Materials Education Symposia - Home

International 2016 Materials Education Symposium

« back | International : International 2016

 

Associative Dialog Techniques for Teaching Engineers in Large Classes

Dr Pavel Kasyanik | St. Petersburg Polytechnic University, Russia

Associative Dialog Techniques for Teaching Engineers in Large Classes

Download PDF Presentation:

IN16PKAS IN16PKAS (4423 KB)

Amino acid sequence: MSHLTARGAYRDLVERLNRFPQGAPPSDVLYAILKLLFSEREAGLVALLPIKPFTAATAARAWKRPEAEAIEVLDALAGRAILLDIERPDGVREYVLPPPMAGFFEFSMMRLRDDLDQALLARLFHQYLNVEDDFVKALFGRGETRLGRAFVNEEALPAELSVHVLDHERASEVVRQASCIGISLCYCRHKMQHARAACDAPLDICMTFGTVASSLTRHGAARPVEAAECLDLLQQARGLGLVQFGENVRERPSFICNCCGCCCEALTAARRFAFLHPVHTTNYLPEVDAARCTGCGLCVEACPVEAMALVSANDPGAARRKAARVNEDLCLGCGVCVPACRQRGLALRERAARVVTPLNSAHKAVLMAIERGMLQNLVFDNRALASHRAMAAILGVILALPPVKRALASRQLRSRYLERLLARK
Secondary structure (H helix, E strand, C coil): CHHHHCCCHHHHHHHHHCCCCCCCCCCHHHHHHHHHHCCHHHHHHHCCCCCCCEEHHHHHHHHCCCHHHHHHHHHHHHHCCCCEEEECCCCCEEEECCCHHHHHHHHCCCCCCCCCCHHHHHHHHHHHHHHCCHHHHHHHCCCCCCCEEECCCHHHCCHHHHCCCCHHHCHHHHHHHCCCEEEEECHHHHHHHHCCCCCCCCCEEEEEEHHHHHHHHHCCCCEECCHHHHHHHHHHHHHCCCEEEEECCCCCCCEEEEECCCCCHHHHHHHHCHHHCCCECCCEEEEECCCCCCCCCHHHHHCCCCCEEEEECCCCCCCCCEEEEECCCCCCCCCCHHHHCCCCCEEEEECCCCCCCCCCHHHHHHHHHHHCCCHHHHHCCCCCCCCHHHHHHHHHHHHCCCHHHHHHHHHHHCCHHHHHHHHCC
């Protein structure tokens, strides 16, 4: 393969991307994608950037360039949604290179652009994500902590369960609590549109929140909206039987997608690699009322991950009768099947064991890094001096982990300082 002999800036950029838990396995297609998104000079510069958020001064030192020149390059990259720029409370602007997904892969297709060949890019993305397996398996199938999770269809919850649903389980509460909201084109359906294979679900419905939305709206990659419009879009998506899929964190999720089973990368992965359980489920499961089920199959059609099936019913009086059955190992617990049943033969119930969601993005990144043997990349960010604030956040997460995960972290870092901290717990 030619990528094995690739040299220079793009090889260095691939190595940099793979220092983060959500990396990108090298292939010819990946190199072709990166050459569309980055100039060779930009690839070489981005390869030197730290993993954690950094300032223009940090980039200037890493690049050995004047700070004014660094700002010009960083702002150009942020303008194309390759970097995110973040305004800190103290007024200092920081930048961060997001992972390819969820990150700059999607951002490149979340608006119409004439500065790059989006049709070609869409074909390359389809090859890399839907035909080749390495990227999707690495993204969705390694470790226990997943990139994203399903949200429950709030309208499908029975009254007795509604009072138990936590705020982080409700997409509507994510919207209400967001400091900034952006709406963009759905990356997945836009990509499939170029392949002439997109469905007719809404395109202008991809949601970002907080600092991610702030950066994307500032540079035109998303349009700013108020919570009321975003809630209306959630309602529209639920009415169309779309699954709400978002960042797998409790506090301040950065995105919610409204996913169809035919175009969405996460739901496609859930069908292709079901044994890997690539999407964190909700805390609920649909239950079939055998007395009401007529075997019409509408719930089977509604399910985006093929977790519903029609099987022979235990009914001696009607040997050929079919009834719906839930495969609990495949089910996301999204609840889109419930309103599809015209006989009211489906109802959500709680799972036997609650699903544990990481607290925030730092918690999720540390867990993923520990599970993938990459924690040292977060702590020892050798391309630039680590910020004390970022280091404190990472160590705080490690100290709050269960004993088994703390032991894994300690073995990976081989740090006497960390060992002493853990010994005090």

Requirements of developing the transferable personal skills in engineering education are included in accreditation schemes such as ABET or EUR-ACE. Challenges of modified curriculums and limited resources increase educators' interest not only in computer technologies but also in developing pedagogical techniques which will enable effective subject and soft skills learning, especially in large classes. Engineering students are expected to learn how to work in teams and obtain interpersonal, creative and critical thinking skills, problem-solving abilities, analytical decision-making skills to acquire competences of the "global engineer". Simple translation of the experience accumulated by society is no longer sufficient to prepare a successful engineer. In the place of the model of adaptive behavior comes the model of professional development, which focuses on the formation of general cultural competences of personal and professional growth. Suggested approach connected traditional didactical methods and the concept of the "Associative Dialogue in Changing Pairs" adopted at the lectures in large classes. The goal was to make students work in changing pairs providing the opportunity for each student to communicate with each student in the class on the basis of specially designed cards and texts. Organizing of meaningful dialogic interaction between the participants within the changing pairs allowed creating the most favorable conditions for the development of students' ability to work with information, communicate it to others and receive it, to find appropriate ways to communicate with different people, to solve technical problems and find new solutions in non-technical tasks. The obtained results have shown that all students have achieved good learning outcome and indicated significant differences in the level of formation of communicative competence between control and experimental groups. Experimentally proven techniques may be effectively used by the teachers in different educational programs (disciplines) after short training.